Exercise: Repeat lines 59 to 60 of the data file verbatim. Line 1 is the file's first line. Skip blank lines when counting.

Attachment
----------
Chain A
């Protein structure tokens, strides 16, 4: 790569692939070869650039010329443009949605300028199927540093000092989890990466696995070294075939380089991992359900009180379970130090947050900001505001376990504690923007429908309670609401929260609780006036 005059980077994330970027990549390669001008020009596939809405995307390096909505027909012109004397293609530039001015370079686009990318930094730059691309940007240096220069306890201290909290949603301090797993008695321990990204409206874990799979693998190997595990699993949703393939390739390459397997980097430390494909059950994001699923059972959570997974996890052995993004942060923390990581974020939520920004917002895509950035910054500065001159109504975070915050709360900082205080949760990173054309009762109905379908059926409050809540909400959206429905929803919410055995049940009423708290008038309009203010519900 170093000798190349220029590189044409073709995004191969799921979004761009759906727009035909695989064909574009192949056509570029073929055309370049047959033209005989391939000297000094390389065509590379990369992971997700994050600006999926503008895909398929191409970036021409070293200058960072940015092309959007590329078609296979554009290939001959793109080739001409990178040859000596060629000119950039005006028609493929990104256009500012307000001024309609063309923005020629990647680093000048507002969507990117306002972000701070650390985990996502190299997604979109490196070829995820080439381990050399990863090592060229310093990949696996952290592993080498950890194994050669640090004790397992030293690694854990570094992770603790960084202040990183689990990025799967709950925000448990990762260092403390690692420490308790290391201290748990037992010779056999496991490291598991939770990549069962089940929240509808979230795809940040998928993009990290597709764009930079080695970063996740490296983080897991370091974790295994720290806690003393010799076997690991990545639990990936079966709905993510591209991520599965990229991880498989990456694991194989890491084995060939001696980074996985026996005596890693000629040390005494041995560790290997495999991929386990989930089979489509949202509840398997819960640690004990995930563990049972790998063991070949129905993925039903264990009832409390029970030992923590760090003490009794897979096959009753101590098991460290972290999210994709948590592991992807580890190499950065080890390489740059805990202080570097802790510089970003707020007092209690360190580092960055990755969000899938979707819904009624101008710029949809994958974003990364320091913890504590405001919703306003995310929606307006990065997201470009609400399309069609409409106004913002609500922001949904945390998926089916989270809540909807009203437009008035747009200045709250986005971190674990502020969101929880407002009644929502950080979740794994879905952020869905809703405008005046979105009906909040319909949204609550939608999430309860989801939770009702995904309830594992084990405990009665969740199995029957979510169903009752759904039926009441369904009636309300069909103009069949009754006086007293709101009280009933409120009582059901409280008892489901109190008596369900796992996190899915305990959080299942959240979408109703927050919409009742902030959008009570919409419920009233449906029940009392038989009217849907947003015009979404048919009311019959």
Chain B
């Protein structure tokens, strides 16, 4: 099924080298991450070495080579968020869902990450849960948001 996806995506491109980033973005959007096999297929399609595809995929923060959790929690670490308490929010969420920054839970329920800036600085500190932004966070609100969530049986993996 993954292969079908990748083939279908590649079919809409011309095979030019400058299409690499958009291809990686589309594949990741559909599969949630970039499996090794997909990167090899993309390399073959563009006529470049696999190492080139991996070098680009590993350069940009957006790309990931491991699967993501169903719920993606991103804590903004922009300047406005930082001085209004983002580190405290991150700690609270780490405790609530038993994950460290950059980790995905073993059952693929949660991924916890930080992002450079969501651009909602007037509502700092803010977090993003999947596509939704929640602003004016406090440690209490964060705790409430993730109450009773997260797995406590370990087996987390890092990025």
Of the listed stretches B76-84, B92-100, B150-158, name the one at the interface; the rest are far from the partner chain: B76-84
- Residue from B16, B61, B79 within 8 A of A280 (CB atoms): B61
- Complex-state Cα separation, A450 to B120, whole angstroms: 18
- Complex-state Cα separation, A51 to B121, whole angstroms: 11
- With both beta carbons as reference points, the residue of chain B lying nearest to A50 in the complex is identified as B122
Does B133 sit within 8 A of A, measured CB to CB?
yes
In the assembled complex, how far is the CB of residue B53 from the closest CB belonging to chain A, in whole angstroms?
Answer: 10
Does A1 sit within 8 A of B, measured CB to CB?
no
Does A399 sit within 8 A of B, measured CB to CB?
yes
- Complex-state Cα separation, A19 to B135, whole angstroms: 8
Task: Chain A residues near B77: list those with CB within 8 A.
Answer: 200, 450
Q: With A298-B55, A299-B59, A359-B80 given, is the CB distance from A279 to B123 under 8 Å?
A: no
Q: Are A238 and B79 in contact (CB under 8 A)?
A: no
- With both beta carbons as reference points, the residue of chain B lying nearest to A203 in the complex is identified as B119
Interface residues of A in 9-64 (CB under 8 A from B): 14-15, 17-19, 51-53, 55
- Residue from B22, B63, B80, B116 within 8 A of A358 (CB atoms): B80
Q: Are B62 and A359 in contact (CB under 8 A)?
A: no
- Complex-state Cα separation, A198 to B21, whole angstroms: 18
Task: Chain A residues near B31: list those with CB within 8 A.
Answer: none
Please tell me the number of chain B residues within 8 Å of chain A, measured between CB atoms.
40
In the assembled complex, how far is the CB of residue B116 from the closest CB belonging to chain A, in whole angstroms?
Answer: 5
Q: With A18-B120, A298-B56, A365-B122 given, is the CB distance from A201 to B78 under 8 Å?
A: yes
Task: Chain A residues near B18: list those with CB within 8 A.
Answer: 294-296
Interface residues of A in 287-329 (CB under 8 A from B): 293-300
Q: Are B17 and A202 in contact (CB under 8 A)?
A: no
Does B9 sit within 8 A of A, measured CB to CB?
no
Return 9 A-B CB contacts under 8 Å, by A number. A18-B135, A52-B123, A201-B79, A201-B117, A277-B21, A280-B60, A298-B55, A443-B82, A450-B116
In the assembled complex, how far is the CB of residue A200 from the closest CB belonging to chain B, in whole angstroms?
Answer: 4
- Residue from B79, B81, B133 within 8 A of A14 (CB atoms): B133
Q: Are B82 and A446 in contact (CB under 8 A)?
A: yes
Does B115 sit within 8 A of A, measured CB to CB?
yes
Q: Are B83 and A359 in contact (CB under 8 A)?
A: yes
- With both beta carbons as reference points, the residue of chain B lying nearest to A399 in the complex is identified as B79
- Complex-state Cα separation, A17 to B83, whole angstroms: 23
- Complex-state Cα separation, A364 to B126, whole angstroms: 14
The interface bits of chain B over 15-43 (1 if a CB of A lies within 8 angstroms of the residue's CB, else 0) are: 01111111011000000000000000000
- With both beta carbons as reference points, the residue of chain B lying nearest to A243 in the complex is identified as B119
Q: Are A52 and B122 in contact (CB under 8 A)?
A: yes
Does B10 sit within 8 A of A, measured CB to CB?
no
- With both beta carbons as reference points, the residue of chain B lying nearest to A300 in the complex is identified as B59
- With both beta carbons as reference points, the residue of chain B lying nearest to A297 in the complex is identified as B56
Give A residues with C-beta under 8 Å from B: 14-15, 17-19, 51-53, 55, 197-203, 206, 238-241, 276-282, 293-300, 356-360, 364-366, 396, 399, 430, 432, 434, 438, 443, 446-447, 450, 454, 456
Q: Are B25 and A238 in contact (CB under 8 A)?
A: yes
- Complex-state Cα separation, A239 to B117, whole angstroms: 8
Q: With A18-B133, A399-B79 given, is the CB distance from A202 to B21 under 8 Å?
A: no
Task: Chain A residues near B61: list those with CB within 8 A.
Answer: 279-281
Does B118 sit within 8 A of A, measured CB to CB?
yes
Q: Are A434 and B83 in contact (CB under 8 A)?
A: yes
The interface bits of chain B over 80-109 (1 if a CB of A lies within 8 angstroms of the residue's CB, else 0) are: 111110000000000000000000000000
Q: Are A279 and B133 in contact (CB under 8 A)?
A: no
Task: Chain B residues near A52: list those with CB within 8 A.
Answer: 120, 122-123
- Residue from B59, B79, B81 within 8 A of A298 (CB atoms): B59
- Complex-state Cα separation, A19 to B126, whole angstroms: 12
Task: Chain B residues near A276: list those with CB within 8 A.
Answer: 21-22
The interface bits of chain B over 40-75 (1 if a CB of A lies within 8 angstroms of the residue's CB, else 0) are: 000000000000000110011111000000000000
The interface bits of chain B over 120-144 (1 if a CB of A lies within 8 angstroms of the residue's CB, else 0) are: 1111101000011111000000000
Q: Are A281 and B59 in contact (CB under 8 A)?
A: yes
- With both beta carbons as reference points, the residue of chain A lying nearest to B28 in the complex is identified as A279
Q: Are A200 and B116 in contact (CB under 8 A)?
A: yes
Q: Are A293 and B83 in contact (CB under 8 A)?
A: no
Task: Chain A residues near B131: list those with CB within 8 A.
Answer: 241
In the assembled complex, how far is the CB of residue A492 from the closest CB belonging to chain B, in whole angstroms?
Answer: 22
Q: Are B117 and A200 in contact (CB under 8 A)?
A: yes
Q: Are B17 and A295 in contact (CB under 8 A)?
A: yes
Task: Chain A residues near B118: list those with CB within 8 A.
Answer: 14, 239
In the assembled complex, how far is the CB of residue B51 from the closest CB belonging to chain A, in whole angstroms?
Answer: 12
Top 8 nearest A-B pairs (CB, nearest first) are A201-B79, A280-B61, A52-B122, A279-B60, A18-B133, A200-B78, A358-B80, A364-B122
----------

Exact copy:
The interface bits of chain B over 15-43 (1 if a CB of A lies within 8 angstroms of the residue's CB, else 0) are: 01111111011000000000000000000
- With both beta carbons as reference points, the residue of chain B lying nearest to A243 in the complex is identified as B119